There is a good measure of mystery surrounding the origins of the aircraft, a Soviet-era Ilyushin IL-76.

“We went there one day before the shoot, and I took a look at the place, deciding on how to set up the lighting, the shots and how best to frame the video,” Al Subaihi says.

The filmmaker – who has directed a number of projects, including the 2018 short film Forthcoming, about a martial arts-fighting Bedouin couple – said there were a number of challenges that came up during the shoot, namely the lack of time they had to capture the plane scenes.

Aiham Al Subaihi's 'Forthcoming' is a short film that tells the story of a Bedouin couple who are confronted by a group of bandits. Design by Tariq Abdalla 
Aiham Al Subaihi's 'Forthcoming' is a short film that tells the story of a Bedouin couple who are confronted by a group of bandits. Design by Tariq Abdalla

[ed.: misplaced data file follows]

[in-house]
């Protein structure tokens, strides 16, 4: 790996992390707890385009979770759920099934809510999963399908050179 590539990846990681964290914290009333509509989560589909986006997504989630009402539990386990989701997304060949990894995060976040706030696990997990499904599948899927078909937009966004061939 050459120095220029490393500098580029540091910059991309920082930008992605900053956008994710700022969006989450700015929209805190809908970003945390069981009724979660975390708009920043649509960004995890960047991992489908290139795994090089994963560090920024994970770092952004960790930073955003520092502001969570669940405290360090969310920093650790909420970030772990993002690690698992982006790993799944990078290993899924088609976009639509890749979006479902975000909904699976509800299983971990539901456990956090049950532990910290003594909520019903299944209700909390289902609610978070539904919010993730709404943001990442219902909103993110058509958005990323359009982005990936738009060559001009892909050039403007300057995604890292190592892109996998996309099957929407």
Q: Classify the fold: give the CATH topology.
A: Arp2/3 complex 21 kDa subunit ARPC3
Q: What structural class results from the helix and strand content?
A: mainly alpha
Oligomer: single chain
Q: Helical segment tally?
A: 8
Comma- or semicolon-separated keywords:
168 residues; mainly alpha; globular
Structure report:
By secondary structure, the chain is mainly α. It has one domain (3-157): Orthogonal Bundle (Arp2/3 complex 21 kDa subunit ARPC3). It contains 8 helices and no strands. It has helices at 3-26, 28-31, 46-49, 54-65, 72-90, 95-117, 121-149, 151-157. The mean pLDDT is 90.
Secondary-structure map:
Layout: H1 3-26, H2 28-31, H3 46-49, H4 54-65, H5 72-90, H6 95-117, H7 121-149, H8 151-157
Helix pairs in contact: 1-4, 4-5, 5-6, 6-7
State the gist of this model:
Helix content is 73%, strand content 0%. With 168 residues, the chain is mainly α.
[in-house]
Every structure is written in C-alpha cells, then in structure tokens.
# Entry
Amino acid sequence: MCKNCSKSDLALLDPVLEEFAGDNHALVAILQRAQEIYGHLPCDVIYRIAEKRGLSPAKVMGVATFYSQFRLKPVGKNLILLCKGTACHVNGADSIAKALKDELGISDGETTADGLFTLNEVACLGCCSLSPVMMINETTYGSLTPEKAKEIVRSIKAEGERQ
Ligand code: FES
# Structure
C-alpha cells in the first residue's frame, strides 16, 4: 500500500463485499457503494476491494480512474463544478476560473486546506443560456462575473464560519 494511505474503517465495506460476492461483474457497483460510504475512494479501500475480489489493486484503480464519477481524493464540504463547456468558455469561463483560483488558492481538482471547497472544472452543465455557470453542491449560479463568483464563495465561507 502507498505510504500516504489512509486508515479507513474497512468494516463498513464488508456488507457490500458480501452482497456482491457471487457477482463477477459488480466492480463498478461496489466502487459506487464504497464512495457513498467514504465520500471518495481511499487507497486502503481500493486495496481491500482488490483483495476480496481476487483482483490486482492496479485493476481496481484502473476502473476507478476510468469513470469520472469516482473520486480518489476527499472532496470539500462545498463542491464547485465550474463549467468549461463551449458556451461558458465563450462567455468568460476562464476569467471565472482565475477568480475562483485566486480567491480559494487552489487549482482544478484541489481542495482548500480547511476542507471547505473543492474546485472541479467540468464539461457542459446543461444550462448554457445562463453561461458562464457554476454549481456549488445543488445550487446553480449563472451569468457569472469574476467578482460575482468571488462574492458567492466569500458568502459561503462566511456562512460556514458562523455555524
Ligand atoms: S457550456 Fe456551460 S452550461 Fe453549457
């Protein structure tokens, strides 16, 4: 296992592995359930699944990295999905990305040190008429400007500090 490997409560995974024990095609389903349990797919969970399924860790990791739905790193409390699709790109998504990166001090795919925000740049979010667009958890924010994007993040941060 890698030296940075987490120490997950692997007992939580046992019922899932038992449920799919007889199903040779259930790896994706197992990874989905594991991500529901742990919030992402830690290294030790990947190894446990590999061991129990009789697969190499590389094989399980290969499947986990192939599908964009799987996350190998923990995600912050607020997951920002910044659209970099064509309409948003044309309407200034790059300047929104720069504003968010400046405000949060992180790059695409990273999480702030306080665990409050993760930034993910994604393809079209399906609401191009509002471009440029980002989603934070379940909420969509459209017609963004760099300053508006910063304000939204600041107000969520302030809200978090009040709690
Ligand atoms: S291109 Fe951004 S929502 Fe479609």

“We had a skeletal filming crew of about five people, and we had only a single day to shoot there. Getting on the plane wasn’t easy, either, we had to climb in through the scaffolding. We also had to go through the cockpit and climb on the roof while being careful with all the equipment.”

Al Subaihi notes that there are usually three types of music videos. “Some are driven by stories, others put the lyrics in the forefront, and then there’s the kind that concentrates on hype. Wala Kilma was essentially a hype video. We wanted to take a number of shots in odd and eye-catching places with [Ismail] rapping towards the camera.”